français conference home canadam home

Movement and symmetry in graphs - Part I
Org: Karen Gunderson (University of Manitoba), Karen Meagher (University of Regina) and Joy Morris (University of Lethbridge)
[PDF]

KAREN GUNDERSON, University of Manitoba
Bootstrap percolation on infinite graphs  [PDF]

In $r$-neighbour bootstrap percolation, vertices of a graph are either healthy' or infected' and infection spreads to a healthy vertex with at least $r$ infected neighbours. Percolation is said to occur if all vertices are eventually infected. When vertices are infected initially at random, the main question is the value of the critical probability -- where percolation becomes more likely than not. I will present results on how the variance of vertex degrees affects the value of the critical probability in Galton--Watson trees and discuss some open problems on the critical probabilities for infinite regular graphs including Cayley graphs.

JEANNETTE JANSSEN, Dalhousie University
An approximation algorithm for finding the zero-forcing number of a graph  [PDF]

Consider the following graph process: Given a graph with vertices coloured black or white. At each step, if a black vertex has exactly one white neighbour, then this neighbour turns black. If the process turns all vertices black, then the initial set of black vertices is a zero-forcing set. The minimum size of a zero-forcing set in a graph $G$ is called the zero-forcing number $z(G)$. We give an approximation algorithm that finds a zero-forcing set of size at most $(pw+1)z(G)$, where $pw$ is the path-width of $G$. This is joint work with Ben Cameron, Rogers Mathew, and Zhiyuan Zhang.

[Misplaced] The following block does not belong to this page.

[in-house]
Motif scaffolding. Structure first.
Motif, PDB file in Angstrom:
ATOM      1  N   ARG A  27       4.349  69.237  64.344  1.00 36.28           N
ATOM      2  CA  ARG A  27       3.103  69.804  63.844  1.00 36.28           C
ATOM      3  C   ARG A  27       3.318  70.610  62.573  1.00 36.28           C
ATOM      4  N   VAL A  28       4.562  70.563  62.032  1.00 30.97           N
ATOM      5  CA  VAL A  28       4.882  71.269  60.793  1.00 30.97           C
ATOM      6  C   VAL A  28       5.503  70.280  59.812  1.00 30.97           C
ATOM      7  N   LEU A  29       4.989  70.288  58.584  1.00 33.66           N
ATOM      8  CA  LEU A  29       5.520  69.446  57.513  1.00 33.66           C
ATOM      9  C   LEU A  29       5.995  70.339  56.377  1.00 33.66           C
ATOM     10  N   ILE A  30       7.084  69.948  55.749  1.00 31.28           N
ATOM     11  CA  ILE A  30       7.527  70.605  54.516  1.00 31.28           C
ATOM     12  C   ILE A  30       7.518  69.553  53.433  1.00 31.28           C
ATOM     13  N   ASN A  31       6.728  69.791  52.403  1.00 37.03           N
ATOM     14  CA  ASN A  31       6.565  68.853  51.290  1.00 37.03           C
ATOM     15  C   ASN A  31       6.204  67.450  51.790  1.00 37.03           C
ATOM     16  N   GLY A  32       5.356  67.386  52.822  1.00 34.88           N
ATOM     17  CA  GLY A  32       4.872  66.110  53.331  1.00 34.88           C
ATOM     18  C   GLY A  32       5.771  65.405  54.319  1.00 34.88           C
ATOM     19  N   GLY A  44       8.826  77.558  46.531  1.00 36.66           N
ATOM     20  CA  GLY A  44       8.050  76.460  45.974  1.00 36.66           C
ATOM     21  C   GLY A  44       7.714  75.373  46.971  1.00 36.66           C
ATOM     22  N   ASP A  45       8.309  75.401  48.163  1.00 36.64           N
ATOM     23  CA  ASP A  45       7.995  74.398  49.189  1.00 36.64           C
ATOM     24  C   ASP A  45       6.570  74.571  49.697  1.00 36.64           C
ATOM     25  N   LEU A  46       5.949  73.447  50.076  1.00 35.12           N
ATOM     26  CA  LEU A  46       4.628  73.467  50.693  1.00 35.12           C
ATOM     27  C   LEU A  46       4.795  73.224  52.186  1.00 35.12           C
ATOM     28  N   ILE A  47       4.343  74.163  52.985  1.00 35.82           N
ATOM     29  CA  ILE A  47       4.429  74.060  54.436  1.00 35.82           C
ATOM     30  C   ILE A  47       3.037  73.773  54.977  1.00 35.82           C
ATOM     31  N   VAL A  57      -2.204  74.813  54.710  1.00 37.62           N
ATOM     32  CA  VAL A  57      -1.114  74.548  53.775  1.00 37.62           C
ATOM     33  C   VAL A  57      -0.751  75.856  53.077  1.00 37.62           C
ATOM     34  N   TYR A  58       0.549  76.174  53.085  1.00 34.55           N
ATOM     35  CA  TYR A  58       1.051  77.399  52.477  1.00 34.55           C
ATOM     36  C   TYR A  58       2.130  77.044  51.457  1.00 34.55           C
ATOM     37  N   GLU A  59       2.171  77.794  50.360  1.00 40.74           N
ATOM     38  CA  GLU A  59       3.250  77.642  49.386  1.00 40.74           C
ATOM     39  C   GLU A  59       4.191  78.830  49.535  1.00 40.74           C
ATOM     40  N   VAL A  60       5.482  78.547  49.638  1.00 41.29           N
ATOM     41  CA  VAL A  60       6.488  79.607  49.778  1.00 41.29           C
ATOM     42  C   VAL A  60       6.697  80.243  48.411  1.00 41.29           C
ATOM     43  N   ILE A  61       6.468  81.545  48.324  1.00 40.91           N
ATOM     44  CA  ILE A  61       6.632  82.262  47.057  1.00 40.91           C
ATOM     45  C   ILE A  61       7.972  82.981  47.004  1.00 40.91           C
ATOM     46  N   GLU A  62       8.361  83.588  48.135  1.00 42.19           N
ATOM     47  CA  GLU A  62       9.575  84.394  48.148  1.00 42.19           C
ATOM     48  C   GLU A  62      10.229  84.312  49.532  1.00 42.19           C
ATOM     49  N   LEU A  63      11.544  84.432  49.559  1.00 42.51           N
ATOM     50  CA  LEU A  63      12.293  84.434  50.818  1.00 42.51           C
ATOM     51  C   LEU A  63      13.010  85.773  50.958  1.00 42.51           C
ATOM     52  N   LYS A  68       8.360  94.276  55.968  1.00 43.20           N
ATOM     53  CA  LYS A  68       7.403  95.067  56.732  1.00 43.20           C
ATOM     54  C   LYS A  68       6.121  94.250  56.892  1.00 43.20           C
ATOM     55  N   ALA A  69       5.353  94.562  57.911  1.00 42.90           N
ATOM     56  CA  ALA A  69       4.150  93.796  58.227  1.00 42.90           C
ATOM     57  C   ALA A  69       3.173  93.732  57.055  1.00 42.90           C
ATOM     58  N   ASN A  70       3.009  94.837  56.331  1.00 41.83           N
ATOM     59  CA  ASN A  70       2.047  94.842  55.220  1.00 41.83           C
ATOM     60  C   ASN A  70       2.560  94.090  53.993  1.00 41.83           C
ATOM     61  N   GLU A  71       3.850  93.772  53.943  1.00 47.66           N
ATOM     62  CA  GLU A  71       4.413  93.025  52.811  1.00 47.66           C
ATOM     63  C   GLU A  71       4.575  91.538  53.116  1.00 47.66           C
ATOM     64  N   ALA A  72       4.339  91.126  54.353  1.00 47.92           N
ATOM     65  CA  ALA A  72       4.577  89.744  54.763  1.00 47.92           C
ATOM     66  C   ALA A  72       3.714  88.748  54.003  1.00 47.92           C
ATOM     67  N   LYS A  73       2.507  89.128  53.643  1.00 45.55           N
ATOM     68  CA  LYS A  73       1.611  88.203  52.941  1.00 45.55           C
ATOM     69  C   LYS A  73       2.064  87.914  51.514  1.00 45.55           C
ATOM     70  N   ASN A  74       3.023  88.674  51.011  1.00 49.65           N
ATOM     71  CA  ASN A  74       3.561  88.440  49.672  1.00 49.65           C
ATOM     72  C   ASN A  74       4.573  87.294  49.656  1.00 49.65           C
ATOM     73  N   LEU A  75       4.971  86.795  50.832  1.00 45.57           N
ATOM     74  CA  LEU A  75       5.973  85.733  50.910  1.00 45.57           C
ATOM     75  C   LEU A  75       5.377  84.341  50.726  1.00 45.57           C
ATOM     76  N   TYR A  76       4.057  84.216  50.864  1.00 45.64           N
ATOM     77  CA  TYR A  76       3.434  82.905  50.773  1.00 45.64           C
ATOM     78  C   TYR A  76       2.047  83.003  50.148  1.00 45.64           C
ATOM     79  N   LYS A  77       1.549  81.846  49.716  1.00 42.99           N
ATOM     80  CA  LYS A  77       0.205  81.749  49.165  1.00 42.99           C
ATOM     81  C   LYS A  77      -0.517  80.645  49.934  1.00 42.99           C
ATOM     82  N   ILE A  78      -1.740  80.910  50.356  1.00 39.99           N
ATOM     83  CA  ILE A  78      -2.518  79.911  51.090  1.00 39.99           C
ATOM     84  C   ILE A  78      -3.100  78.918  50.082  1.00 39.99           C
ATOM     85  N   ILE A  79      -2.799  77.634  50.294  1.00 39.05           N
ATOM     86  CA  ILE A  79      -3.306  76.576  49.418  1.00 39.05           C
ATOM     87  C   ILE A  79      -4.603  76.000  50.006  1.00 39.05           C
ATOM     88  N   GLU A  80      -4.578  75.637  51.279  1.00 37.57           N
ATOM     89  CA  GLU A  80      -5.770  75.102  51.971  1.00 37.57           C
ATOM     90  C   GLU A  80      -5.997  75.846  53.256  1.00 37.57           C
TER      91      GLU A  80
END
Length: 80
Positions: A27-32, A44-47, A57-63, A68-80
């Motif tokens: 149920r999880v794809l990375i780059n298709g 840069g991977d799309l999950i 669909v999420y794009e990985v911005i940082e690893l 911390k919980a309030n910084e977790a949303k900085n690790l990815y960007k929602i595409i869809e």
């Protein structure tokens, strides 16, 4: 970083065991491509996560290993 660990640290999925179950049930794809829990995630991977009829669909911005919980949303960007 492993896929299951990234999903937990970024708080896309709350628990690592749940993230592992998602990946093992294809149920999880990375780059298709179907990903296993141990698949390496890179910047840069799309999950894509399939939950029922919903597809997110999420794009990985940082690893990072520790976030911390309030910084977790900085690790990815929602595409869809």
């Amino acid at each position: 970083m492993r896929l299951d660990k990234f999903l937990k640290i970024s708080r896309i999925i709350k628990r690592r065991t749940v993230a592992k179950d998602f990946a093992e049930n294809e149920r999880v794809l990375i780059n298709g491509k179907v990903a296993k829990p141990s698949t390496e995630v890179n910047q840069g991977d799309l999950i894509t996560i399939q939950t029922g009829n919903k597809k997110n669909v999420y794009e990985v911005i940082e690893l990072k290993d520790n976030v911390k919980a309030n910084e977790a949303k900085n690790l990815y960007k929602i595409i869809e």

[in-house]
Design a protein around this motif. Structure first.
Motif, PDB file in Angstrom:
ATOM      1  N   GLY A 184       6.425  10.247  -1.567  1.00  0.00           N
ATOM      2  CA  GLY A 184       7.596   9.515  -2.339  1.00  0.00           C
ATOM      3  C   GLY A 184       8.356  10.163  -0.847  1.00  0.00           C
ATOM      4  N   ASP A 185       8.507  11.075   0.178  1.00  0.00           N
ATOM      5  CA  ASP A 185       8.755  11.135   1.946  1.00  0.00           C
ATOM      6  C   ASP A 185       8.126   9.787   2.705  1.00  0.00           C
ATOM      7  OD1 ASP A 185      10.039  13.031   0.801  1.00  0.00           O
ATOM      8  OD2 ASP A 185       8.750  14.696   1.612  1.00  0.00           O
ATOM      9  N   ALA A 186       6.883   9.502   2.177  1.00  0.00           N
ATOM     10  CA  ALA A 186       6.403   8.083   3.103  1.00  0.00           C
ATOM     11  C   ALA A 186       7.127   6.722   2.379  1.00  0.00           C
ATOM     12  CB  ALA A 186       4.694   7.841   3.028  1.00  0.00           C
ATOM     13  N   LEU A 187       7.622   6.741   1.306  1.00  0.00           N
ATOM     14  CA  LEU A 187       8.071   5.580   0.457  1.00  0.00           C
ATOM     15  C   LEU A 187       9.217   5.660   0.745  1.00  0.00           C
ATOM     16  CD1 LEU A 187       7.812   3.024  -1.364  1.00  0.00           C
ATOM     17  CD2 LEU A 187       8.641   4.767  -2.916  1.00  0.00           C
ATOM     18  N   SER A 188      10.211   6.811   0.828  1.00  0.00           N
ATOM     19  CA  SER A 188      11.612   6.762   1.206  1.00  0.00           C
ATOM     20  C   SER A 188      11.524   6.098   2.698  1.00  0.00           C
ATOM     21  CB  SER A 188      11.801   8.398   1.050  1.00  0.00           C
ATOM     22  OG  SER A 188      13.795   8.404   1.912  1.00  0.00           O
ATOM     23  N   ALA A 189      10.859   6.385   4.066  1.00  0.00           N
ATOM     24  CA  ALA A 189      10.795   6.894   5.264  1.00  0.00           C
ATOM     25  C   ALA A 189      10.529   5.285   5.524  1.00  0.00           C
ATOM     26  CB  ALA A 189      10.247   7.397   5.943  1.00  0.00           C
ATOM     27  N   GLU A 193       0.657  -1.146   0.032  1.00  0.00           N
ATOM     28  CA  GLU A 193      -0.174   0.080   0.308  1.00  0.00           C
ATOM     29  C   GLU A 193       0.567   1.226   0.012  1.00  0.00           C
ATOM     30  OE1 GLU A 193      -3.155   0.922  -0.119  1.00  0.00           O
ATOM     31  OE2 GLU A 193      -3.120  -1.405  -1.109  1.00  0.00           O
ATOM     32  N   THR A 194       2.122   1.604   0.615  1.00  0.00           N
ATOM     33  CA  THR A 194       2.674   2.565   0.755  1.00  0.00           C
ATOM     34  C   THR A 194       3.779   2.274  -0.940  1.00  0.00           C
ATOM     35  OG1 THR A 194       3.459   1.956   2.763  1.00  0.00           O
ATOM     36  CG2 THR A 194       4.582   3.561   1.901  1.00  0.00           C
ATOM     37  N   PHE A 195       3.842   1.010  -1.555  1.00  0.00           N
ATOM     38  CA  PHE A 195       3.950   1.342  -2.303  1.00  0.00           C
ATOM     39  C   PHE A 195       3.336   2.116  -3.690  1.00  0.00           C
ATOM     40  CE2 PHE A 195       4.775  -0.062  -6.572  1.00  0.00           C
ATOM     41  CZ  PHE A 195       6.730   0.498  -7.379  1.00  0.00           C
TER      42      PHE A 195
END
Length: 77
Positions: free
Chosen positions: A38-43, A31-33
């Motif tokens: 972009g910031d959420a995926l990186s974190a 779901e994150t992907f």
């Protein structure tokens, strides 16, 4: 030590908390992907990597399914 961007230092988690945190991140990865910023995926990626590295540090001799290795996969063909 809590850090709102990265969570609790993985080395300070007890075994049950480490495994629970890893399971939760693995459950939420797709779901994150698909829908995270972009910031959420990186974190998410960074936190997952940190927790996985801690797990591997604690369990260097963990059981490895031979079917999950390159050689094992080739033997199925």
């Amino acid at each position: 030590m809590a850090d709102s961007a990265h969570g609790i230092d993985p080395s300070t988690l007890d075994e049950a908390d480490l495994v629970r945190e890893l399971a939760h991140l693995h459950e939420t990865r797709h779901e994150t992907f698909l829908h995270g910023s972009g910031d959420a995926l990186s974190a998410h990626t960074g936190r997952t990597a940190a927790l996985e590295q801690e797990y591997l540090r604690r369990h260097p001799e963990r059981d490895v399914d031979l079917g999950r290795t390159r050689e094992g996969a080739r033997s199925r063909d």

KAREN MEAGHER, University of Regina
Open problems related to Erd\H{o}s-Ko-Rado type results  [PDF]

I have been working on Erd\H{o}s-Ko-Rado type results using methods from Algebraic Graph Theory for many years. In this talk I will describe several problems and conjectures related to this work where my standard methods fail and I need new tools! These are all problems I am hoping to make progress on with the collaborative research group Movement and Symmetry in Graphs.

JOY MORRIS, University of Lethbridge
Regular Representations  [PDF]

A regular representation is a combinatorial object whose automorphism group is acting regularly (generally on the points). A regular action is one that is sharply transitive: i.e., there is precisely one automorphism taking any point to any other. I will give an overview of some of the results on regular representations (graphical, digraphical, tournament, etc.), including asymptotic results and results about when they can be easily detected.